Childhood Obesity and Diabetes: Two Sides of the Same Coin

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Michelle Obama isn't the only person alarmed by the epidemic of childhood obesity. So is weight-control specialist Dr. Howard Shapiro. "Kids at the age of 12 are getting adult-onset diabetes," says Shapiro. "One-third of everybody born in 2005 will have some form of diabetes." Shapiro's new book, Eat & Beat Diabetes with Picture Perfect Weight Loss: The Visual Program to Prevent and Control Diabetes, written with chef Franklin Becker, is an action plan for both adults and children. TIME senior reporter Andrea Sachs met Dr. Shapiro over a healthy, veggie-laden lunch in Manhattan, where he has practiced medicine for 30 years.

Is the steep increase of diabetes in children solely a matter of obesity or does it have to do with a lack of exercise as well?

It's the whole package. Kids are obese today because there is no phys ed in school, both parents are working, nobody is cooking a dinner at home, and [what they are eating] is fast food. Fast food is high caloric, not healthy, and portions are gigantic. Kids don't exercise. Kids sit on the computer all day, and they don't do anything.

How does a parent know if their child has diabetes? What should they be looking for?

If your child is just a little bit overweight, then I wouldn't be concerned about it, but if your child is obese or significantly overweight, a blood test will tell you. It's not so much that a parent should only [be concerned] because of diabetes — any child that's overweight runs the risk of other things. Some of these children now in their teens have high cholesterol, and they are going to get strokes in their 20s and 30s, where [older generations] get them in our 50s and 60s because we never had high cholesterol as kids. If a parent sees a child who's overweight, there are things that they can do.

Like what?

If you want to help your child, set an example in your house. Put healthy food out. Put out vegetables. If they don't eat the vegetables on the plate, put it out the next day as a soup. Don't scold your children or push them, just keep bringing it out. Put it out in an omelet for breakfast. Put fruit out with whole grain French toast. Instead of saying, "eat fruit," you put it out on French toast with light syrup. There's different ways of bringing back foods over and over and over again until your child starts to eat them. Set the example by not keeping cakes and cookies and all these things around the house.

What about parents who would say, I can't follow my child around all day long?

They're right — they can't, and they don't have to, and they will never be able to follow their child all day long. If they do, the kid is going to resent it and rebel and be fat just to antagonize the parent. They should just set the example at home.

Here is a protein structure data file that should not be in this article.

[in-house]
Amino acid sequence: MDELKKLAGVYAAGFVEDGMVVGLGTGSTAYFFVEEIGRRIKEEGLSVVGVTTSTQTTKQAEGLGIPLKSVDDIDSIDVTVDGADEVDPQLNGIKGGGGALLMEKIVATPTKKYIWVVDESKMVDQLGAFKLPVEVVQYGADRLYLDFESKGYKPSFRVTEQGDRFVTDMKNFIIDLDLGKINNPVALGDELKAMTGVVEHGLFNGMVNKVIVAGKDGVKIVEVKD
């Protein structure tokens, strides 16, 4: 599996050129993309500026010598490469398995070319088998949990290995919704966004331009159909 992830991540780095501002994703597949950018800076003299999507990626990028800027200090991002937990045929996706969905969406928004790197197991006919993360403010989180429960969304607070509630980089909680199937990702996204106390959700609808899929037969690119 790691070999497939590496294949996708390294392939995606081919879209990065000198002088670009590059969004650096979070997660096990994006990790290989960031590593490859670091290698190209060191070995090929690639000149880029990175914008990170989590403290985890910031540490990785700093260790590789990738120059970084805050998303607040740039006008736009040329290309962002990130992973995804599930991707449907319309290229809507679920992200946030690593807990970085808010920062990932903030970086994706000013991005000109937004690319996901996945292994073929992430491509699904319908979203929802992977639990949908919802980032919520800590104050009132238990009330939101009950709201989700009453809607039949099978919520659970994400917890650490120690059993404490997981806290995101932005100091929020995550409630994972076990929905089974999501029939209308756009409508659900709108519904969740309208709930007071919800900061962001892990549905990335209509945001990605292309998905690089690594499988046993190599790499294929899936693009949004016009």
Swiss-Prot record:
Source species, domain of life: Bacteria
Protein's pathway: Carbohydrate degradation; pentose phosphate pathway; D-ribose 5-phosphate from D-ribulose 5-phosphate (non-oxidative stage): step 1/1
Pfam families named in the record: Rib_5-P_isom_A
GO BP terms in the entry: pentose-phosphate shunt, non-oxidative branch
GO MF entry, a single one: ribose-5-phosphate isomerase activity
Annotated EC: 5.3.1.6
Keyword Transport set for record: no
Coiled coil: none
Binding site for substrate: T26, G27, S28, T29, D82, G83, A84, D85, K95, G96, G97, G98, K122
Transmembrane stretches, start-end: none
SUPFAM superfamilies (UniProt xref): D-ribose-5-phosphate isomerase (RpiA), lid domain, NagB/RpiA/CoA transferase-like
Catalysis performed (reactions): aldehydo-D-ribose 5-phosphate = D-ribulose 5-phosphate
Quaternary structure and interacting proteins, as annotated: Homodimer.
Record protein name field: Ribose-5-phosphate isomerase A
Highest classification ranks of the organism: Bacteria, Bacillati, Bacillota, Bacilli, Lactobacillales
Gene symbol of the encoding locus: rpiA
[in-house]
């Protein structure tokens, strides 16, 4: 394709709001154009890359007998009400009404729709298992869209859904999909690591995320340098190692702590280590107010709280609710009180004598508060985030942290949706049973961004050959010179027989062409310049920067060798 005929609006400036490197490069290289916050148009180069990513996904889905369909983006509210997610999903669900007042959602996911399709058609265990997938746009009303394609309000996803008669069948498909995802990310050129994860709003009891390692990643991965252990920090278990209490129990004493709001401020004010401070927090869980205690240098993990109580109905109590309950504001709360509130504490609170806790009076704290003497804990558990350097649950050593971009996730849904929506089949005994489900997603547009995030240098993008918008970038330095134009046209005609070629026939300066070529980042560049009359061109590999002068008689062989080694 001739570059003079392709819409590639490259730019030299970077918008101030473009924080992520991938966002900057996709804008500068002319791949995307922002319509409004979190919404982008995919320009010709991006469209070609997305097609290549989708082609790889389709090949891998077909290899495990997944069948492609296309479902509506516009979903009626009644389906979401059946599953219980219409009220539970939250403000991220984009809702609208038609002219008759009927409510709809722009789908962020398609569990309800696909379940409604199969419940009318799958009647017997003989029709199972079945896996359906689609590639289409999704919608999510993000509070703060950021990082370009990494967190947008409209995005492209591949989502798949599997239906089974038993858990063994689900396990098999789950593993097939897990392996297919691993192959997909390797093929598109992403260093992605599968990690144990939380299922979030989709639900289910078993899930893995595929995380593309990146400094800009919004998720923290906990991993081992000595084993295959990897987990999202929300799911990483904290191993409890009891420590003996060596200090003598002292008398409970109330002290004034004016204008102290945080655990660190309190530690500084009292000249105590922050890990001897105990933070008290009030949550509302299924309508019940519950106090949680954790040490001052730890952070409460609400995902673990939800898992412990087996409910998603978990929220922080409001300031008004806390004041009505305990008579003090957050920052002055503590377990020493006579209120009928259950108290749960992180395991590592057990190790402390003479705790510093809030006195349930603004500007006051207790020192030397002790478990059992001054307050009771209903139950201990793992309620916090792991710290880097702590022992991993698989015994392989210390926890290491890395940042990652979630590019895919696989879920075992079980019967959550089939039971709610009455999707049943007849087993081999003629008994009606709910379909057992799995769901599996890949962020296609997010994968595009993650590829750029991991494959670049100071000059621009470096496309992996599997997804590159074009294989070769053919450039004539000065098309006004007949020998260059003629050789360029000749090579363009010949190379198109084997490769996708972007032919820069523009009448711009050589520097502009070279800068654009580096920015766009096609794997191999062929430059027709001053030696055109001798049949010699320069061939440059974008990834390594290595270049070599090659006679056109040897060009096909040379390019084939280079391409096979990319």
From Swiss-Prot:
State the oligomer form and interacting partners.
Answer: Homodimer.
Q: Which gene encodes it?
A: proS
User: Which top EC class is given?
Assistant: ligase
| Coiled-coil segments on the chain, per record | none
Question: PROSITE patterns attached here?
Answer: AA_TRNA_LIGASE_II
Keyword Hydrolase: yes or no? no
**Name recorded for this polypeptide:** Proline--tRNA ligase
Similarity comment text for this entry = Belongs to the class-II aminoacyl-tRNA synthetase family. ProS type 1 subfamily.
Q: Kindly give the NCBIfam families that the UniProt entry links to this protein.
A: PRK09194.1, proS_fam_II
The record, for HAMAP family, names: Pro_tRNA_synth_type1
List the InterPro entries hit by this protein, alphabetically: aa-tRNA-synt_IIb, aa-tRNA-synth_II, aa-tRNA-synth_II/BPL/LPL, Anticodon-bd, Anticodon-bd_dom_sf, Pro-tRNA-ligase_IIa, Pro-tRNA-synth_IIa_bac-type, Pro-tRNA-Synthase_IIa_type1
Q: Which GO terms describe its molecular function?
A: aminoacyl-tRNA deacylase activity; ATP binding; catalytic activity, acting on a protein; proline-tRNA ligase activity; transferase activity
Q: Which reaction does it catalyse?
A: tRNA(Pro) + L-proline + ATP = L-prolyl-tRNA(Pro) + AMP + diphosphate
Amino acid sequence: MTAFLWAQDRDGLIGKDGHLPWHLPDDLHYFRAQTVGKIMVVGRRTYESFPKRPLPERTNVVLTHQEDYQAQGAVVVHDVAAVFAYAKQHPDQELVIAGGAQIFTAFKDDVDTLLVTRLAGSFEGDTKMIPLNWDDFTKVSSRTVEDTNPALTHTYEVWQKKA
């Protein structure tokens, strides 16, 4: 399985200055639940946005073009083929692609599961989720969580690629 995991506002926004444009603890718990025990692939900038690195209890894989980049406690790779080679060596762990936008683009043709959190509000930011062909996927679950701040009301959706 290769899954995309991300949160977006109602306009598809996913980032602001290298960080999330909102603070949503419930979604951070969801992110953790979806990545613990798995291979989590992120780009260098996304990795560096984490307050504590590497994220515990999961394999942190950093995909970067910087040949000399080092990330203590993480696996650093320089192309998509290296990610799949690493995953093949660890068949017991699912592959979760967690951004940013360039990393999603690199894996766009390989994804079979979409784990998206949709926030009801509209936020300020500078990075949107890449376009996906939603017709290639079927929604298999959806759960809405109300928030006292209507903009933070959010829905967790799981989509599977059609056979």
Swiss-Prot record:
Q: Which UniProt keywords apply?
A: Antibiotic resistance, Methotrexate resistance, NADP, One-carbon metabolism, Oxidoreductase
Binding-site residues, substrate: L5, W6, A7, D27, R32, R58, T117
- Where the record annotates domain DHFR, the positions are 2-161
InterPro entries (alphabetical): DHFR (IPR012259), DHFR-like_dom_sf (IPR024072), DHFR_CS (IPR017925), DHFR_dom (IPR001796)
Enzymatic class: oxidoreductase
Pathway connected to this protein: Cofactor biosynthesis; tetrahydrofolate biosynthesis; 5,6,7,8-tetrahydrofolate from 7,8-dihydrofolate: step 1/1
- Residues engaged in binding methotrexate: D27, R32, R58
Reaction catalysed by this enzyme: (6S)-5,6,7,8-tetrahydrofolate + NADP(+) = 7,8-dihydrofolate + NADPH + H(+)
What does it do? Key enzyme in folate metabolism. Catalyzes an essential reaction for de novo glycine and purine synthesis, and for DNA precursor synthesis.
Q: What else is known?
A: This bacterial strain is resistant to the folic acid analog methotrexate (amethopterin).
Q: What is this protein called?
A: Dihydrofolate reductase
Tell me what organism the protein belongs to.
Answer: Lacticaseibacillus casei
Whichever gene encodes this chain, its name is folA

If your kid has a sweet tooth, what can you do?

There are some foods that your child can have. We have one demonstration in the book where there's a 4-oz chocolate chip cookie, and that's 640 calories and 40 grams of fat. Next to it we have a scoop of frozen yogurt with a cone, that's a 140 calories. You just saved 500 calories. There's a yogurt that is 240 calories and has 40 grams of sugar, which equals 10 teaspoons of sugar. Next to it we've made a milkshake called "Mauve Madness," which is basically three-quarters of a cup of blueberries, three-quarters of a cup of soymilk, a teaspoon of vanilla, and some Splenda and some ice cubes. So it's a milkshake that's 120 calories, it has fiber; it doesn't have any sugar. We're not just saying to kids, "eat fruit," we are giving them something that looks like a dessert. There are low calorie popsicles that kids can have instead of having a scoop of ice cream. They can have 17 popsicles [for the same number of calories].

Once a child has been diagnosed with diabetes, is it irreversible or can the family help?

If a child has Type 1 diabetes, that is juvenile diabetes and that is not what we are talking about here. If they have that, that means their pancreas isn't working, therefore they are not producing insulin. They have to give themselves injections the rest of their life or they have to be put on a pump that gives them the injections. Type 2 diabetes is what we are talking about, the number six killer of Americans. If you are overweight and you have an elevated blood sugar because your insulin cannot deal with all the carbohydrates and sugar that you have in your body, then you can control it. Basically, you can cure it by losing the weight.

To give you one example, I had a young patient who was sent to me by an endocrinologist years ago. The endocrinologist had him on oral medication and told him that he was going to have to go on injections if he didn't lose the weight. He came to me, but did not lose any weight for two and a half months. He went back to the endocrinologist, who said, "Okay, it's time for insulin." The patient said to him, "Give me another chance." He came back to me, and lost 45 pounds. Not only did he not need the insulin, he didn't need his oral medication anymore. The bottom line is that with Type 2 adult diabetes, you can cure it.